Sunday, December 26, 2010

Wise Men, Part III of III

Wise Men, Part III of III
December 27, 2010
1 Corinthians 1:21 "For since in the wisdom of God the world through its wisdom did not know him, God was pleased through the foolishness of what was preached to save those who believe."

Having just celebrated the birth of Christ on Christmas only hours ago, the plan God had for mankind through the destiny of His Son's life should be fresh in our minds. The Magi, or Wise Men, who traveled from the East after seeing His star, recognized the significance of Jesus' birth. They understood and traveled a very long distance to come and worship Him. In a sense, the Magi were among the first believers of Christ's deity. They got the hints, probably from reading through prophecy, and believed. If they did not believe that the Savior had been born was the Son of God, they probably would not have been so willing to travel such a long distance to worship Him, or bring gifts to set at His feet. We often call these Magi "Wise Men" because they were successful at understanding the prophecies of Jesus' birth and finding the star in the sky that pointed to His physical location. But I would suggest they should be called "Wise Men" because of their belief in who this Christ Child was, the Deity of Jesus, the Son of the Living God.

It wasn't until Jesus' death and resurrection that the message of Christ's completed work on the cross for Salvation was preached throughout the world. This message of Salvation is interesting, though. No where else in history had anyone seen that the birth and death of a man could bring about the forgiveness of sins and eternal Salvation. It seemed such a foolish thought, when it was originally proposed, that Jesus was just that man, the fulfillment of what God set out to do for mankind. If you think about it, it seems foolish to this day, the idea that the birth of a Deity -- who would later be slaughtered-- could bring about such Salvation. It truly seems odd, foolish, and downright ludicrous. This is why it takes someone to "believe" in the message. If you could touch salvation, physically see your sin and Hell, then it wouldn't take a "belief" to make you understand what God did for you through the birth of His Son. The "wise" men of our age don't rightly understand this sometimes, that Jesus was sent to live, and then die, for their sins.

The message of Jesus was foolish when it was originally preached, and it is still foolish to many people today. God knew it would be deemed foolishness. But listen to what the writer, Paul, tells us regarding such thought:

"For the message of the cross is foolishness to those who are perishing, but to us who are being saved it is the power of God. For it is written: 'I will destroy the wisdom of the wise; the intelligence of the intelligent I will frustrate.' Where is the wise person? Where is the teacher of the law? Where is the philosopher of this age? Has not God made foolish the wisdom of the world? For since in the wisdom of God the world through its wisdom did not know him, God was pleased through the foolishness of what was preached to save those who believe."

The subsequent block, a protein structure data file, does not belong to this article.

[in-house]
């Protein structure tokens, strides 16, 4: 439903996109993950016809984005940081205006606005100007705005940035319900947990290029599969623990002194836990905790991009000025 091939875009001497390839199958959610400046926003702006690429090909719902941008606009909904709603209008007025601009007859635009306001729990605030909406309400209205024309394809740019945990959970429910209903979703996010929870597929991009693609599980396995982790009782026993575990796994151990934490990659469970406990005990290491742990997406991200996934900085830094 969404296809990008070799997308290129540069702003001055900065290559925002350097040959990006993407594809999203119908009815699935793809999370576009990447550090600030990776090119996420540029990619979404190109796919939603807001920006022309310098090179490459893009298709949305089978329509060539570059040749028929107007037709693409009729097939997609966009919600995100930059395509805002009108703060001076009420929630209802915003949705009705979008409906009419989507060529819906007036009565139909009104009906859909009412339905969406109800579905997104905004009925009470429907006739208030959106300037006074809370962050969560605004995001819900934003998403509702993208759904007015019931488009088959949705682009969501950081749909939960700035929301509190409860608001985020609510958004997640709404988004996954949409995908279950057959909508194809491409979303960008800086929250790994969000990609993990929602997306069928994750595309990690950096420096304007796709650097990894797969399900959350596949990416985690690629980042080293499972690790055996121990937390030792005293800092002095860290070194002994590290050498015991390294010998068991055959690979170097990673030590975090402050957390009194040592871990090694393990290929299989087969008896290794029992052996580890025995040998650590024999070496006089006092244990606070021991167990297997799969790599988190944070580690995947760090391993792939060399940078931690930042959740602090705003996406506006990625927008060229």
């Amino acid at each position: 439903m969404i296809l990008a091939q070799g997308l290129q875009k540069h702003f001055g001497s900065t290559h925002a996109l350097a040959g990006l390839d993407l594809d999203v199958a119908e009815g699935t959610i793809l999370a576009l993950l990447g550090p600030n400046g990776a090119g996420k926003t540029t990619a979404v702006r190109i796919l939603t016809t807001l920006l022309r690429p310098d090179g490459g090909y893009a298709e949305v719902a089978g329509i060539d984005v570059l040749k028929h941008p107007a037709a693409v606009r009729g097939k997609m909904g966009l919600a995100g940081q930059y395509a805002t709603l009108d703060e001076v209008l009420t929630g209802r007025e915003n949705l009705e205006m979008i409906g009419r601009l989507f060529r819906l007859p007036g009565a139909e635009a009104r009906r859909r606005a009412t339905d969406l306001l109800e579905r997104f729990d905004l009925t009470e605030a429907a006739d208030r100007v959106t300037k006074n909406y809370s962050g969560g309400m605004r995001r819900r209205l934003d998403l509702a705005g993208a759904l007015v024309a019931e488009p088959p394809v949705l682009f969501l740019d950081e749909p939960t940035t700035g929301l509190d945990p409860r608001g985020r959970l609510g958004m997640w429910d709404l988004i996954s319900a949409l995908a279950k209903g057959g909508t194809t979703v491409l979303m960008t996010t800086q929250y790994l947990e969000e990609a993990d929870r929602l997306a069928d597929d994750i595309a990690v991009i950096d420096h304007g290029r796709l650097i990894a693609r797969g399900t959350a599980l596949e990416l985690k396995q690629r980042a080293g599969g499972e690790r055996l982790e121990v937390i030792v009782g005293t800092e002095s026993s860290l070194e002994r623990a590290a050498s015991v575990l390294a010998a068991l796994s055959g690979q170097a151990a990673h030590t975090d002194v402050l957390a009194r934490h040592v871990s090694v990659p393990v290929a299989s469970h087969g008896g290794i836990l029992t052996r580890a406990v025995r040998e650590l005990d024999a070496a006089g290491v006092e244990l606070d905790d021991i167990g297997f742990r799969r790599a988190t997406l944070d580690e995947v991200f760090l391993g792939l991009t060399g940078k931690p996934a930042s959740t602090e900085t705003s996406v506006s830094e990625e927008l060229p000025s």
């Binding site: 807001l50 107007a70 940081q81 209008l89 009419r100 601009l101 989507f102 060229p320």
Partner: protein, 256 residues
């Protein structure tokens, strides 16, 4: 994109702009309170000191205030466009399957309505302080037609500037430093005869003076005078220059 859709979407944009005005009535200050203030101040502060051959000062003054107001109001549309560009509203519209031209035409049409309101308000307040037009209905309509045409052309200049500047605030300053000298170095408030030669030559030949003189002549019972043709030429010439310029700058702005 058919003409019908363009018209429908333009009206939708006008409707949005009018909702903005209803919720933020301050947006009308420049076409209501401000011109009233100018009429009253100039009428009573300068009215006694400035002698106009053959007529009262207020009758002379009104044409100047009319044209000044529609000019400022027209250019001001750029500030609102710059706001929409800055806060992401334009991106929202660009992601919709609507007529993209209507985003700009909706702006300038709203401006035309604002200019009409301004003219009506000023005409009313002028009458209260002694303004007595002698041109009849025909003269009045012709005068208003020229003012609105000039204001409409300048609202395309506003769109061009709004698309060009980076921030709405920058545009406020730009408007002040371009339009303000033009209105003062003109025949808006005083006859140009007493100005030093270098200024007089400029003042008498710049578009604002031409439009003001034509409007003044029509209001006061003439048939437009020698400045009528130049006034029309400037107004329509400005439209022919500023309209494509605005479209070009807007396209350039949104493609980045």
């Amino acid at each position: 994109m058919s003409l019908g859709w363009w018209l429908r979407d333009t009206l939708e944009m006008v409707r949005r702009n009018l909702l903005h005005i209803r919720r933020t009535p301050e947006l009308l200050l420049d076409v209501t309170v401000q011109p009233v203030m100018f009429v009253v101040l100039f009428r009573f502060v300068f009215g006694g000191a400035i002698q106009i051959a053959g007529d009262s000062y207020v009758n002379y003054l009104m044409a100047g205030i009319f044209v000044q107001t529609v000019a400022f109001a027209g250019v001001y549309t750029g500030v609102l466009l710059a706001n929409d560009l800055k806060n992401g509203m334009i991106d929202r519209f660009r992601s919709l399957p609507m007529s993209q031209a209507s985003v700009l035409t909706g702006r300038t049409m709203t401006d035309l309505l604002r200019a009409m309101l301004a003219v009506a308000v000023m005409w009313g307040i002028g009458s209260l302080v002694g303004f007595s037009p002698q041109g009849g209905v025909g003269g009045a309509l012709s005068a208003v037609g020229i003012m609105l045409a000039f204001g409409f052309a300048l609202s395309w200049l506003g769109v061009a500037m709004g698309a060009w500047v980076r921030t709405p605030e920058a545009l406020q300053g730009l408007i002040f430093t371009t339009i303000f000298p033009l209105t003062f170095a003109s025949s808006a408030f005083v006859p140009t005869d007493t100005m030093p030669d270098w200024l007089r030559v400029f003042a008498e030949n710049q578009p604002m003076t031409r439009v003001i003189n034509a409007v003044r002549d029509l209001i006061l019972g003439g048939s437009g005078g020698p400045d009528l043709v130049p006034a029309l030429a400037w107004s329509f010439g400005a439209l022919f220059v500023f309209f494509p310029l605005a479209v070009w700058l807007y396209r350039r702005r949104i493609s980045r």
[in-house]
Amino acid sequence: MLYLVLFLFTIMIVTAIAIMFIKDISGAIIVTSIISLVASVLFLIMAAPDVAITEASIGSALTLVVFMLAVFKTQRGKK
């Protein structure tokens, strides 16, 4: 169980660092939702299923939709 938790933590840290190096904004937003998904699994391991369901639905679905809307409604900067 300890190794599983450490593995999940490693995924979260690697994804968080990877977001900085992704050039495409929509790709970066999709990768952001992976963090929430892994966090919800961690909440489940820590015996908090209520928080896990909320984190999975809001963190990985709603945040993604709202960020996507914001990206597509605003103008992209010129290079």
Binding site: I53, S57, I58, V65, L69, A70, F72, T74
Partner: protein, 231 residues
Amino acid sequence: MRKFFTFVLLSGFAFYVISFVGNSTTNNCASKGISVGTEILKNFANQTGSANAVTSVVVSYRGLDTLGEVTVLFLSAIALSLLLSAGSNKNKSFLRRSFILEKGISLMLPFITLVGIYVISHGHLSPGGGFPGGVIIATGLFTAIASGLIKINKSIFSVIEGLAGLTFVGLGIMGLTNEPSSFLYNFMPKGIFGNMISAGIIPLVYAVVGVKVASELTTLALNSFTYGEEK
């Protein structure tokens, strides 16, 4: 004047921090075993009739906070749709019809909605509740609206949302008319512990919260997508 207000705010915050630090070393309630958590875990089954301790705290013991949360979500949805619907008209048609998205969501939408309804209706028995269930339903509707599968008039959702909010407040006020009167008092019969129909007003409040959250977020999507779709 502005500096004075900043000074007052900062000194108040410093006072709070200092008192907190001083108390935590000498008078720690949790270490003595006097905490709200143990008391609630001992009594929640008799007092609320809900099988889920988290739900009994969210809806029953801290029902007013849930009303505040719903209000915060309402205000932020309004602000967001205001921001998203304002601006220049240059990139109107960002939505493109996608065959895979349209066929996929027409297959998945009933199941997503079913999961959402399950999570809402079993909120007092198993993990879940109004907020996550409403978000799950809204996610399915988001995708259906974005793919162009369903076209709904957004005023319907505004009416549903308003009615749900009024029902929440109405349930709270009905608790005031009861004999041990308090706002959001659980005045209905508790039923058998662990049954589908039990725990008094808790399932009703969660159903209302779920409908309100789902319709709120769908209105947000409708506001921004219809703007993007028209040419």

It is interesting through reading this passage from 1 Corinthians, to realize that smart and learned men do not usually understand or "believe" in what God did through Jesus. I would submit to you, Believer, that you truly can be a learned man and also one who believes in Jesus, His birth, His death, and His salvation for you and mankind. The Magi did. They were clearly smart enough to study prophecy and possessed the ability to read the sky and follow a star, AND they believed in who He was (and is). They declared with their own words that they traveled specifically so they could worship Him. They believed in who Jesus was and wanted to worship Him. Wow. If only you and I could say that every day of our lives. If only we could declare that we believe in who He is and decide each day to go to great lengths so we could worship Him through all of our actions. That would make you a "Wise Man"; that would make me a "Wise Man."

If we did this, our actions would confound the smartest of the smart, but we would also be declaring that we truly are "Wise Men and Women of God." If we believed in who Jesus is, and lived our lives in worship unto Him, then our actions, however foolish they may be to outsiders, would be deemed Wise by the One True God. I'm confident the Magi had a lot of explaining to do in why they set out on such a long trek, but it was clearly a wise decision.

1. When was the last time you did something in your efforts to follow the Lord, that seemed foolish to others?
2. How can you make all your actions a declaration of what you truly believe about the Lord?
3. How is following the Lord and worshiping Him a wise thing for your life?

Don't take my word for it; look it up: Prov 17:16, Prov 28:26, Matt 2, 1 Cor 1:18-25, 1 Cor 2:6

Sunday, December 19, 2010

Wise Men, Part II of III

Wise Men, Part II of III
Dec 20, 2010
Daniel 9:2 ". . . I, Daniel, understood from the Scriptures, according to the word of the LORD given to Jeremiah the prophet . . .'"

Daniel was a prophet in the Old Testament who had an amazing ministry from God. Daniel was given many dreams and visions which spoke about both his current time and times to come (many of which are still to come). A little history for background purposes: Daniel was a Hebrew, taken captive by the Babylonians when they attacked Israel; he was brought to Babylon, castrated, and forced into the king's service. When Daniel was placed in service of the king, he decided to work as unto the Lord and serve his earthly masters well. In fact, Daniel grew in stature and standing with the king, and rose up in command under him. The king of Babylon was later overthrown by the king of the Persians, with Daniel remaining a captive in service to the new king. Eventually, Daniel was placed in high command over the entire Persian Empire. In spite of being taken away from his homeland, castrated, and forced into service to not one, but several Godless, foreign kings, Daniel kept his internal compass pointed toward the Lord and served God regardless of his earthly surroundings. Wow. However difficult you think you have it, your life does not compare to Daniel's.